Nexans, the world's biggest cable maker, expects its sales to rise and operating margin improve this year, the company said on Monday, as it sees a pick-up in trading and manages to pass on higher metal prices.

The company is set to be overtaken as the world's biggest cable manufacturer after it lost out to Italian rival Prysmian
in an attempt to acquire Draka .

The overall improvement in the market environment in the second half (of 2010) has enabled Nexans to announce results slightly above expectations for sales and operating margin, Chairman Frederic Vincent said in a statement.

The group expects raw material prices to remain firm in the first half of 2011 but said it was able to pass on copper and aluminum costs in contracts although it was more difficult to pass on costs in oil-based materials.

Sales last year rose 22.5 percent to 6.18 billion euros ($8.37 million), with organic growth at 0.4 percent.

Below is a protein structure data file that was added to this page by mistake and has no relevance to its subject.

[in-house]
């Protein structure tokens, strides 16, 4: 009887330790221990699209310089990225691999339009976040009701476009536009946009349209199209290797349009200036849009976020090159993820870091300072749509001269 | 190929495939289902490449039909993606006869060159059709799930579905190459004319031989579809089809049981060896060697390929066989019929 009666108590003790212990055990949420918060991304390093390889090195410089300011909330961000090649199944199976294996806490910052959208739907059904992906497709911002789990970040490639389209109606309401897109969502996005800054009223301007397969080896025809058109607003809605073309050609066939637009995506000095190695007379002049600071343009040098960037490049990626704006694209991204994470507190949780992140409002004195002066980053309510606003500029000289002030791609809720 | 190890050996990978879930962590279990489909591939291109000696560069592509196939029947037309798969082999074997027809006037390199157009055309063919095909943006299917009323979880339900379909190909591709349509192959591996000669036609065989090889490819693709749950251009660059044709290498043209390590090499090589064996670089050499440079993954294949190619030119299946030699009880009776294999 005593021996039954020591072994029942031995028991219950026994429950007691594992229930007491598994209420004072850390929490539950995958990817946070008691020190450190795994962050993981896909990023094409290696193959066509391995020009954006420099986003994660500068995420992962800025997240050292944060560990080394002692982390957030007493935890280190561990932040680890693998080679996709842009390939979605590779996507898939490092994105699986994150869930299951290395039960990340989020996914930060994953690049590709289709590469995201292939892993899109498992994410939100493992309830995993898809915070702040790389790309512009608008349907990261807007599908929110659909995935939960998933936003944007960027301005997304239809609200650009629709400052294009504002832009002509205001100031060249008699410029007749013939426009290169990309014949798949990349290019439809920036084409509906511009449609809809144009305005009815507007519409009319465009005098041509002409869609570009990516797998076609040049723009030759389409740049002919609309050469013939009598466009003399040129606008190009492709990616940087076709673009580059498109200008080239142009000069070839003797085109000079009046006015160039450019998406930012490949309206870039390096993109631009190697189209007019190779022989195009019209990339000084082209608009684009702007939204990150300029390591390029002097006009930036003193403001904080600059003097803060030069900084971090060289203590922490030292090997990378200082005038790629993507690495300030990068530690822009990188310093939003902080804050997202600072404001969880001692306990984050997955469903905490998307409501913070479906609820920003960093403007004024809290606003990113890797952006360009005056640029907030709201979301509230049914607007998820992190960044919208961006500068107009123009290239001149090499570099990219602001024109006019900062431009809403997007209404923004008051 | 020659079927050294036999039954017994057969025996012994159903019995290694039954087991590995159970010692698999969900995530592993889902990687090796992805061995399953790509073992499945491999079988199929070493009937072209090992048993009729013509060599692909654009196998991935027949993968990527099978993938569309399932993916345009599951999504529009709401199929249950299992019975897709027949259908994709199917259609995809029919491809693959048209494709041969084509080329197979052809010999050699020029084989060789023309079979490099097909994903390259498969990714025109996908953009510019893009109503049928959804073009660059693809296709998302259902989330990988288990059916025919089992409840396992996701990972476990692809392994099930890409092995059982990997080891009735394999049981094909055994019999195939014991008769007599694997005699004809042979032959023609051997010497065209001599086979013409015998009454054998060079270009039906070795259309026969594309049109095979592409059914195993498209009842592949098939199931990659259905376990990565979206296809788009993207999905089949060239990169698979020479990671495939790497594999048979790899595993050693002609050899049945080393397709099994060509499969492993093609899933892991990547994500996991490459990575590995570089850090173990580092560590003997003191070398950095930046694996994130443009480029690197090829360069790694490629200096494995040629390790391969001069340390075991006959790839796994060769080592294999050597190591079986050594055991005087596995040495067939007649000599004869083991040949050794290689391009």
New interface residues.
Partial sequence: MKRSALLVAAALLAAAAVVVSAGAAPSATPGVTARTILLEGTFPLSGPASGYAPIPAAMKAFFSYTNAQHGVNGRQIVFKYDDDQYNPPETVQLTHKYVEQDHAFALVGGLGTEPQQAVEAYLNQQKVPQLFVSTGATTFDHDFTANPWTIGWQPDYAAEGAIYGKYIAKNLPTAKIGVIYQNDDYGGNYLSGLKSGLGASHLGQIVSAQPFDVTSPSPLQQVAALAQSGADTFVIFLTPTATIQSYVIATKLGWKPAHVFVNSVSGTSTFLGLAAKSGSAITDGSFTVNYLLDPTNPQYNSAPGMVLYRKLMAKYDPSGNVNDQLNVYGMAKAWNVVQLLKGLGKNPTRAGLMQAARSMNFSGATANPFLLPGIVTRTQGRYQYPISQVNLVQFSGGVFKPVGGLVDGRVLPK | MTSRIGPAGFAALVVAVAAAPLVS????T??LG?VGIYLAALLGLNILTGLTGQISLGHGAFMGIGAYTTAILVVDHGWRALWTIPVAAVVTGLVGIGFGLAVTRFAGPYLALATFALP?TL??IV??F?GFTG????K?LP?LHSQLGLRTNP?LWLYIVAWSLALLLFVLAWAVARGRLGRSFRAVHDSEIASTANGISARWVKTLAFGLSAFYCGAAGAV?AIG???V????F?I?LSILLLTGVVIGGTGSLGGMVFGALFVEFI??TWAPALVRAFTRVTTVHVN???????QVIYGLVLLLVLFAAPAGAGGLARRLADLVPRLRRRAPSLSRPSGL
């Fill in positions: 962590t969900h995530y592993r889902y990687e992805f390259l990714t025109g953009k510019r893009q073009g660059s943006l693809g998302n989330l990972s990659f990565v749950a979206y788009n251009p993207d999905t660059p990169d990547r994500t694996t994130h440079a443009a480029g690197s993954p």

At constant non-ferrous metal prices sales were up 7 percent at 4.31 billion euros.

The operating margin was 4.8 percent, ahead of the company's target of around 4.5 percent but down from 6 percent in 2009. Net income amounted to 82 million euros.

Nexans said it expects 2011 sales to rise more than 5 percent and the operating margin to reach 5.5 percent, in a context characterized by a marked upturn in activity in the fourth quarter and a strong increase in raw material prices.

Nexans was continuing to look at acquisitions, notably overseas, Chief Financial Officer Frederic Michelland said.

The stock was up 5.6 percent at 69.14 euros by 0939 GMT.

The 2010 results confirm a net improvement in fourth-quarter trading as well as efforts to reduce stocks, CM-CIC said in a note.

The dividend was increased by 10 percent to 1.10 euros a share, after halving the payout a year ago after a slump in industrial demand hit its 2009 profits. ($1=.7381 euros) (Reporting by Astrid Wendlandt and Gus Trompiz; Editing by Greg Mahlich)